Modern Perspectives in Advanced Melanoma - Episode 1
Brian Gastman, MD: Locally advanced disease has a spectrum of possibility. That could include disease that is not resectable but is locally advanced. For example, patients with lots of intrasametastases are nonresectable, and they have their own separate treatment algorithm. For patients who are resectable, we can get them to a status that we call “no evidence of disease” and treat them adjuvantly. Clearly, there are 2 major pathways for treatment.
Around 45% of cutaneous melanomas contain the BRAF mutation, and there are at least 3 targeted combination therapies available to give them adjuvantly. Alternatively, there is immunotherapy. Immunotherapy is mainly anti–PD-1–based immunotherapy. Although there is anti-CTLA4, which is approved based on data from Europe. Because the head-to-head analysis of nivolumab vs ipilimumab in the CheckMate 238 trial continues to have better relapse and resurvival rates than the nivolumab group, we assume that the same would be so for pembrolizumab, so most people are using anti–PD-1 agents.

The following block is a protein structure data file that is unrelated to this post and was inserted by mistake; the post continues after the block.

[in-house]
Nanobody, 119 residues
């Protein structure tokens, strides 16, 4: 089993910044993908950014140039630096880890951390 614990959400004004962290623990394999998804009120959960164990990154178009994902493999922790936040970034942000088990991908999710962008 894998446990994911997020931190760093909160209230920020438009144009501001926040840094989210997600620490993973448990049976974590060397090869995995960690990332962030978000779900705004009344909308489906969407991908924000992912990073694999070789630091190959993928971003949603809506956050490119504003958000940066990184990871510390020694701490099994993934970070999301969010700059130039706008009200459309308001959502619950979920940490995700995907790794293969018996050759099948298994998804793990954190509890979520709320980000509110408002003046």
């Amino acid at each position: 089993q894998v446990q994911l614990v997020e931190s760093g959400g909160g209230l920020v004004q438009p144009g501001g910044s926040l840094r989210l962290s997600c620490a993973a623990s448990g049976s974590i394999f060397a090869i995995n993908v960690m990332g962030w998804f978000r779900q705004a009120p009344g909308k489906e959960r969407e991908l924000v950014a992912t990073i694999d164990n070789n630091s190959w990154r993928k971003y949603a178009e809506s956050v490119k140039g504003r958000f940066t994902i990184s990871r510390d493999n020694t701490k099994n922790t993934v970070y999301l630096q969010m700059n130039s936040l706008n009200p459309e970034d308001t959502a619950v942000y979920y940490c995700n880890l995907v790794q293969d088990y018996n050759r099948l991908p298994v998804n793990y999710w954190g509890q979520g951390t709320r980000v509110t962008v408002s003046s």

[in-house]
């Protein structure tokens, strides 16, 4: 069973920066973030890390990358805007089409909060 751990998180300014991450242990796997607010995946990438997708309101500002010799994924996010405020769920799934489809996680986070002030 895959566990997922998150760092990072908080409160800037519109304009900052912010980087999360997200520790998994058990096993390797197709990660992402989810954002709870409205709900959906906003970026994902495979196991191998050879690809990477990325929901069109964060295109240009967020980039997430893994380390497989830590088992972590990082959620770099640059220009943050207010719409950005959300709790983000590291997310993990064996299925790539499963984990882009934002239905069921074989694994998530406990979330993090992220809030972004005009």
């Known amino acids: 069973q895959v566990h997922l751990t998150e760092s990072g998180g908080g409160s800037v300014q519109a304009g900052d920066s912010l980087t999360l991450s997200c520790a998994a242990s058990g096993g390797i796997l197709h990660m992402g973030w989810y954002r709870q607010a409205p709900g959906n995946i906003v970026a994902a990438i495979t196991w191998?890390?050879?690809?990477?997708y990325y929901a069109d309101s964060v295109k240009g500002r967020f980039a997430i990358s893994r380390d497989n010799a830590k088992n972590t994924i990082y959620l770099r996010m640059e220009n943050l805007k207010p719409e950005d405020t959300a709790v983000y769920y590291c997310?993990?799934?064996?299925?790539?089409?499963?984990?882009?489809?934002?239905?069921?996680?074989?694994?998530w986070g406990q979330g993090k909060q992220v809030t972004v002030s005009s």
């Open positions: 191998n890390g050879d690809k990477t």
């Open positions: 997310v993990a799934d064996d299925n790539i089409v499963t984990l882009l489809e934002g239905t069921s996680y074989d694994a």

In addition, the problem with anti-CTLA4 is that the approval is to use 10 mg/kg, but even at 3 mg/kg, it’s pretty toxic. There was a trial called ECOG-E1609, which compared 3 mg/kg with 10mg/kg. The 3 mg/kg appeared to be less toxic, as expected. It was still toxic, but it did have the same efficacy. Regardless, we rarely use it.
The basic points are that if you are BRAF positive, which is what we call it if you have mutation, then you have 2 options: anti–PD-1 therapy with a BRAF/MEK inhibitor or the final option, which is observation.
I’m a surgeon, but I am also involved in quarterbacking the patients’ care, including running many of the clinical trials that may affect patients with locally advanced melanoma. Let’s take it from the beginning with stage. Let’s say that someone comes in and is stage IIIA, IIIB, or for some patients stage IIIC disease. The reason we know they are stage III is because they had a sentinel lymph node biopsy that was positive. By definition, we would call that micrometastatic disease.
In general, once we know that information, most patients go on to adjuvant therapy. There is some controversy with stage IIIA disease even though there is FDA approval for it. It’s usually pretty straightforward. I will see a patient and give them the results. Many times, I have already told them that the whole point of getting a sentinel lymph node biopsy is to help predict the next steps of therapy, so the patients are not usually surprised by the next discussion.
Before we can do that, we need to open up the possibilities, so we are going to get BRAF testing. We’ll usually do hot spot testing because, unfortunately, if you are stage III, you may fail and become stage IV. Getting hot spot analysis, which includes things like BRAF, NRAS, c-KIT, and other potential targetable druggable targets, is useful because it is usually bundled in the cost.